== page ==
The curse that Susanna suffers, then (if I am right in these assumptions), is the curse of slavery, of racism, the selfsame curse that marks and condemns the South. Unfortunately, the film hints at Susanna’s parentage so faintly and euphemistically that it can do little to explore these possibilities.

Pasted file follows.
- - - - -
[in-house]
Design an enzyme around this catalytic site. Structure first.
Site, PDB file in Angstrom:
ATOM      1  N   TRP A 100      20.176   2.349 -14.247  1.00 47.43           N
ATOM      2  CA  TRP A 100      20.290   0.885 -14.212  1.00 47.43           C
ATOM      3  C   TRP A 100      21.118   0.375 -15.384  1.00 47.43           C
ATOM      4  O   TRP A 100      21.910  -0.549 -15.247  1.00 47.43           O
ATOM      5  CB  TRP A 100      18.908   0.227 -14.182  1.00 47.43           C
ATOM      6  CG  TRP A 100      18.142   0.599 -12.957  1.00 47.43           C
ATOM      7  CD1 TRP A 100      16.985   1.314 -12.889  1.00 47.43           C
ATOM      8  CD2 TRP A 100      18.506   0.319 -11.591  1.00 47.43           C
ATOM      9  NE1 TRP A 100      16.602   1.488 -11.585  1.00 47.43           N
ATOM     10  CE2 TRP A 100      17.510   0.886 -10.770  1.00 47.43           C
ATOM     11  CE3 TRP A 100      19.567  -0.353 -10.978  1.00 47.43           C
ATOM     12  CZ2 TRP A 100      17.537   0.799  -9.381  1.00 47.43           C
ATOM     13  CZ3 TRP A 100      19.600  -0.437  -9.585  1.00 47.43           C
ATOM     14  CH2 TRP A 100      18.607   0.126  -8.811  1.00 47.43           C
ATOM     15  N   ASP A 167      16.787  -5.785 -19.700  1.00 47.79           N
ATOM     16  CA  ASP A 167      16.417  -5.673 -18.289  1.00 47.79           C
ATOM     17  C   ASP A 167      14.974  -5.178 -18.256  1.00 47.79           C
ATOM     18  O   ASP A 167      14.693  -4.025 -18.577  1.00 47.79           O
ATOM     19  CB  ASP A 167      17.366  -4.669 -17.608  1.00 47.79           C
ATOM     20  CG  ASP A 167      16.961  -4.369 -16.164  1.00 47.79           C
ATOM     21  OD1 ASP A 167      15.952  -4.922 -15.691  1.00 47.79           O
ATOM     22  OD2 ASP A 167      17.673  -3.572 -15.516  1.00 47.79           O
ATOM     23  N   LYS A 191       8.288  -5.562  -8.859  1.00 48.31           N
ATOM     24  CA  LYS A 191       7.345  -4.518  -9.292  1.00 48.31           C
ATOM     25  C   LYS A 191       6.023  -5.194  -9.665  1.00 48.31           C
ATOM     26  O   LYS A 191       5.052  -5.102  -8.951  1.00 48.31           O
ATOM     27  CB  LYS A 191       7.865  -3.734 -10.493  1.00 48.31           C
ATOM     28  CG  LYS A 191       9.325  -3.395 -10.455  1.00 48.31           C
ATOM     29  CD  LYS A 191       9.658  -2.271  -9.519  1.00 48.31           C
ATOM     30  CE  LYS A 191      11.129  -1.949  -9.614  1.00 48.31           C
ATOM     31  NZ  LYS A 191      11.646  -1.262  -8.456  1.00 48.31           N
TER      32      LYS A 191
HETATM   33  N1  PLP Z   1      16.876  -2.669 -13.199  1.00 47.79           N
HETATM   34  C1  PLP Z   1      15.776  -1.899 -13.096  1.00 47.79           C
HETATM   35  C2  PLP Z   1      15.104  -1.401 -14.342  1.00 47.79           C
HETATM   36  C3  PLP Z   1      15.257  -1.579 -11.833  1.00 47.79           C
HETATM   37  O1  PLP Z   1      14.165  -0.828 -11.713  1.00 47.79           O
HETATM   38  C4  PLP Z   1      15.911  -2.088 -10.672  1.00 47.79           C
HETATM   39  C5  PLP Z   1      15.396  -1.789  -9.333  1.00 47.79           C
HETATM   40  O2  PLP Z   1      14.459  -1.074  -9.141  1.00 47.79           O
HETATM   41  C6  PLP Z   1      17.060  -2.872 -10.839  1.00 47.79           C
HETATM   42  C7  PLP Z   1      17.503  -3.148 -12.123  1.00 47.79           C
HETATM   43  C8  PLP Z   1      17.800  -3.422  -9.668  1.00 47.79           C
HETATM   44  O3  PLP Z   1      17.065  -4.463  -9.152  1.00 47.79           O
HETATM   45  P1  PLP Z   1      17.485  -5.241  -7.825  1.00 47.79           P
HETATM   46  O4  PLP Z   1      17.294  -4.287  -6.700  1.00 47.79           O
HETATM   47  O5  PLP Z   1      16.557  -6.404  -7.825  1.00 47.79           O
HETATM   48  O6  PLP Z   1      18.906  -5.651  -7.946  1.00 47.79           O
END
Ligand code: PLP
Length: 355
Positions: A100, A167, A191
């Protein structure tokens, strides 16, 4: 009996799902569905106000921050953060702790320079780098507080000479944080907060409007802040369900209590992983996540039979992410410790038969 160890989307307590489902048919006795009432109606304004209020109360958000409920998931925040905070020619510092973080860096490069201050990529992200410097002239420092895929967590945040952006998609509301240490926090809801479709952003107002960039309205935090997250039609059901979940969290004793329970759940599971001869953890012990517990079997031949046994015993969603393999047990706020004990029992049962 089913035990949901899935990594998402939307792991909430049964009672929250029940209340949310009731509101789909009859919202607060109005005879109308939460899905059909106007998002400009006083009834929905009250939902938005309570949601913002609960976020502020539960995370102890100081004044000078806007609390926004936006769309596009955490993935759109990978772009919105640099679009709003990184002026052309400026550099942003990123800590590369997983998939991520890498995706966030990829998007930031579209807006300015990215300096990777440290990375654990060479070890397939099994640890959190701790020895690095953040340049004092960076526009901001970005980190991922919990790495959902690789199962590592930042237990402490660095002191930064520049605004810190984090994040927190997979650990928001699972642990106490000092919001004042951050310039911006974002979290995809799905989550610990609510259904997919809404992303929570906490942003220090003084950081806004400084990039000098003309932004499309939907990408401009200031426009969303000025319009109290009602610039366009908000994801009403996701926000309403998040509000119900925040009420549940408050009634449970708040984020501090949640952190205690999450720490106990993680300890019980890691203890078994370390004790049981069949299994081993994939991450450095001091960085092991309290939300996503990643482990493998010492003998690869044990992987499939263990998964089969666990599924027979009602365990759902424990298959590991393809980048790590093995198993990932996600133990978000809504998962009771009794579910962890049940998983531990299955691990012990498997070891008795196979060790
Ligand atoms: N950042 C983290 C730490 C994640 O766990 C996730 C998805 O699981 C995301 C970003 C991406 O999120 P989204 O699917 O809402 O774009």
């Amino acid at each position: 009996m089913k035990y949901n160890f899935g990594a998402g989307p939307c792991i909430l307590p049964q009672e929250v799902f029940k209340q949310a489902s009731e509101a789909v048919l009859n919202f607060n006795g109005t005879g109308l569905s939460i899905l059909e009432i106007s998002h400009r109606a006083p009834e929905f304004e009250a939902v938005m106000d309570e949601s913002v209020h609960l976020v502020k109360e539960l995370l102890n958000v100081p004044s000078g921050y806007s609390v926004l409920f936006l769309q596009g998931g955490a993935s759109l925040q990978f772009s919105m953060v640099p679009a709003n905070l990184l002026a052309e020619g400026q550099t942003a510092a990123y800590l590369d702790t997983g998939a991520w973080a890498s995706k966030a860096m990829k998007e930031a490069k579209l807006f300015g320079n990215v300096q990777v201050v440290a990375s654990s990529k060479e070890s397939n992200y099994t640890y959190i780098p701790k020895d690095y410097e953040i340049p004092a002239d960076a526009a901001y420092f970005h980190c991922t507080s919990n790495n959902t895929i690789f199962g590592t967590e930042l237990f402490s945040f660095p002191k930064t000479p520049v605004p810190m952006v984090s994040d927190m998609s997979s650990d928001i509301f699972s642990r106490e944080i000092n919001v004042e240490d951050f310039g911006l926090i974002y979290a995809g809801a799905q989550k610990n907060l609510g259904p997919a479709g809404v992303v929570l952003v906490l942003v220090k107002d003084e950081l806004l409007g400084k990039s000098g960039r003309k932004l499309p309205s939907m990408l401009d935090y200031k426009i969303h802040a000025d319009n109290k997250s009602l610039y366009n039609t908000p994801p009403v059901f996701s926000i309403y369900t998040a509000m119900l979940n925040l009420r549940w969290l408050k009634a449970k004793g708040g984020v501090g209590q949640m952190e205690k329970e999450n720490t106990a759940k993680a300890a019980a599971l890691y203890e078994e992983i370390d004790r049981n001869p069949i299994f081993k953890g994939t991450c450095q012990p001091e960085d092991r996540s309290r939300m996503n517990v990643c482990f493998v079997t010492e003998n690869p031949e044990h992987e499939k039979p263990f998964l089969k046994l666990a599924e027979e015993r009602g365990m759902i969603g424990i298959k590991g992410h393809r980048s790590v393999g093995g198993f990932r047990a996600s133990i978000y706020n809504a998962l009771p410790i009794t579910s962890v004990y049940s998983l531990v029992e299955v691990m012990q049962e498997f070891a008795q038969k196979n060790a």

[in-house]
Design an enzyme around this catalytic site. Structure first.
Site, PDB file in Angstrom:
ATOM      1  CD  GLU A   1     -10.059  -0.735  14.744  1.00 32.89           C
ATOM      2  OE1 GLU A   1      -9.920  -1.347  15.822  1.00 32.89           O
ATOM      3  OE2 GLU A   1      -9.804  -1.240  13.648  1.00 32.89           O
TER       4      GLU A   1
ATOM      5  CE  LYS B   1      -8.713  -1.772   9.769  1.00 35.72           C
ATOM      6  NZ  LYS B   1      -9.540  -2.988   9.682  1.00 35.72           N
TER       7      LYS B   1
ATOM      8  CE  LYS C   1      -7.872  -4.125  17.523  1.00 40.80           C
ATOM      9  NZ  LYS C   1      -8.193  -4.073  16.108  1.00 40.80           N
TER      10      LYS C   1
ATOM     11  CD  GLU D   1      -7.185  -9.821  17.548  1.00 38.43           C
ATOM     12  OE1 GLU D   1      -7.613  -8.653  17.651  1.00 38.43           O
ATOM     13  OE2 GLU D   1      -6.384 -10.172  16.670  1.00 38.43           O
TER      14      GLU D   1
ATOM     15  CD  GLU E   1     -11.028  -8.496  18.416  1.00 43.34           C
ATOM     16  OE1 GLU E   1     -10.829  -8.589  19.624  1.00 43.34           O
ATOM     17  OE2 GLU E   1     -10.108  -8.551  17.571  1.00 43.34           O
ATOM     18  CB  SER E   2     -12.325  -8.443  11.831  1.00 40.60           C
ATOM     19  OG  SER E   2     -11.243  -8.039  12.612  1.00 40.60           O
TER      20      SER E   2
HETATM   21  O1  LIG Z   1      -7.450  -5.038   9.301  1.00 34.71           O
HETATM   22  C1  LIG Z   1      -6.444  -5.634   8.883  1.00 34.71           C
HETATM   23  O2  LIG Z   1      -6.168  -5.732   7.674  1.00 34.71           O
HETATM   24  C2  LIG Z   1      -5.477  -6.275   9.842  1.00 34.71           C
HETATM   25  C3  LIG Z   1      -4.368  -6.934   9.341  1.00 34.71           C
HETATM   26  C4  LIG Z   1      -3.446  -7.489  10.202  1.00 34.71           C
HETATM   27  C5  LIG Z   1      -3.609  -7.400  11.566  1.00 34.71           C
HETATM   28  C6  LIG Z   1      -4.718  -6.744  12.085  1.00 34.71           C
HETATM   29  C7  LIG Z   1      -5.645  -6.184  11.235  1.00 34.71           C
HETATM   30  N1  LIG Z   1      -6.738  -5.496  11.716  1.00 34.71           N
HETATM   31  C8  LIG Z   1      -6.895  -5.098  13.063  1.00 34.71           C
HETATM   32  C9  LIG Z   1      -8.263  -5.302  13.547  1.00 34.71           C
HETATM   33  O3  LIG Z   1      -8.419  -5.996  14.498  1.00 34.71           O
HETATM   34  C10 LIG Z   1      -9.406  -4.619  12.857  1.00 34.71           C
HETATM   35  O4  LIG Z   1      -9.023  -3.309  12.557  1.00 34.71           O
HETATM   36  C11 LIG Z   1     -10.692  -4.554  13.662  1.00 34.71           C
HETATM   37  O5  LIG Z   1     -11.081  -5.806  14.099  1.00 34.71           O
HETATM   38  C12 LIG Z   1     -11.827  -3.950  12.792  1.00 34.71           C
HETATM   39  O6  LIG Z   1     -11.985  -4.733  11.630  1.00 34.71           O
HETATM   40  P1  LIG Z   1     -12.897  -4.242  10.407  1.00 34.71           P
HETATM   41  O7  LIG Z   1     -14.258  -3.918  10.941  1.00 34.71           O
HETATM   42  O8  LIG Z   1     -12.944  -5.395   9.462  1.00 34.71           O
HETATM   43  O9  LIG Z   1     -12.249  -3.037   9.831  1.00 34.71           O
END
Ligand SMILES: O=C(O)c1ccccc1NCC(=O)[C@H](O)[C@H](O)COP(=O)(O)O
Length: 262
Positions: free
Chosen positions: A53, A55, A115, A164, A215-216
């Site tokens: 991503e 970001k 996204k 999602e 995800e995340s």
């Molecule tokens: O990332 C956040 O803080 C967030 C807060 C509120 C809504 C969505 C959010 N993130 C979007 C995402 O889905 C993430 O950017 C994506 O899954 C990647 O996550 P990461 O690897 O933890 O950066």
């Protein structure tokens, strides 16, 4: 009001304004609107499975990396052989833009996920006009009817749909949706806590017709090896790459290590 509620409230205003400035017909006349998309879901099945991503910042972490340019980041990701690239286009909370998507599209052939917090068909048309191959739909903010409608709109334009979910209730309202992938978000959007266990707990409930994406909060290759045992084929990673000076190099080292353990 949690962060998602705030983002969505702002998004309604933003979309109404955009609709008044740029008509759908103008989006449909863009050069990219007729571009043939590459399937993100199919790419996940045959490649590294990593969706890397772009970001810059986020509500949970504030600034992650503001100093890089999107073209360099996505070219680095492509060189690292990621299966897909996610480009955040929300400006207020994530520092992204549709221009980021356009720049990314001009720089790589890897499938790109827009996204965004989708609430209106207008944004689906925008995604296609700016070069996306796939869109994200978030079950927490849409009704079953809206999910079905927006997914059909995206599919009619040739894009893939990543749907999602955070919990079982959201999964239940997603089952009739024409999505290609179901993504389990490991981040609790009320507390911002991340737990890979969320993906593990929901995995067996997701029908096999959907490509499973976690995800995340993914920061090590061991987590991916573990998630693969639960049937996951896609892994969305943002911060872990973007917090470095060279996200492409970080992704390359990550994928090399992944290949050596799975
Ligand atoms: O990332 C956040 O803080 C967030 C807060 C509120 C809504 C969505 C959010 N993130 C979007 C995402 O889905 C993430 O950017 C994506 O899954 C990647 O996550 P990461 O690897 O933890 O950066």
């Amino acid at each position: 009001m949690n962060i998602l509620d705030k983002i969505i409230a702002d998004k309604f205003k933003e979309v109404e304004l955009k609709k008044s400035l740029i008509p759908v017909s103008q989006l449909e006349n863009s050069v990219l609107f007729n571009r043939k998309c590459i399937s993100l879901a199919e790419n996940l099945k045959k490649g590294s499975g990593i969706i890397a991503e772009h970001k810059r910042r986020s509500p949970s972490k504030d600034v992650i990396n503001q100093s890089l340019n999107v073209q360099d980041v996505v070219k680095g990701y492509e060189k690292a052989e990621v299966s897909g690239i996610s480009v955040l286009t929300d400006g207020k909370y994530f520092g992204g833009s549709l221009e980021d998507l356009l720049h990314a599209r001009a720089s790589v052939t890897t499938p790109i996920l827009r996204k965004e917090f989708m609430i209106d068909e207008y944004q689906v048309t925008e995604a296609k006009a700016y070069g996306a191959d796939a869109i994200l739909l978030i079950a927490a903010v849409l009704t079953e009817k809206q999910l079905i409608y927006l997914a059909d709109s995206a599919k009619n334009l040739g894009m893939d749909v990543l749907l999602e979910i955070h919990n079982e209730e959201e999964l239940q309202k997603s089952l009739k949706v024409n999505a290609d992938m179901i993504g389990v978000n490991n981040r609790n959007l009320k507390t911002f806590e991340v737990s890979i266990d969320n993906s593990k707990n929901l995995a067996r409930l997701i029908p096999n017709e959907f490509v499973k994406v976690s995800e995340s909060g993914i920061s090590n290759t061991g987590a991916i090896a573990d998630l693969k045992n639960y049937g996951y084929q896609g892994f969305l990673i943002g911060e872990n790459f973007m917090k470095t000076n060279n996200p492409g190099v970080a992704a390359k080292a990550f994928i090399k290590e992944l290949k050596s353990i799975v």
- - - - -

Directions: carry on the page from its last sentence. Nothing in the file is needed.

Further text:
In an odd scene early in the film, when John has gone South with Susanna to visit members of her family, the young couple stands on the porch of a ruined plantation house. The porch and columns are all that remain. This is the house where Susanna lived with her parents before they died in the fire. She at first tells John that she can’t remember anything about the fire because she was only three years old when it happened, but he later learns that she was actually nine and ultimately discovers that she knows more than she has been willing to reveal. In fact, the ruined plantation porch with columns closely resembles a photograph made by Eudora Welty in 1935 of the ruined Windsor Plantation. I wonder whether the filmmakers were aware of the ruins or of Welty’s photograph.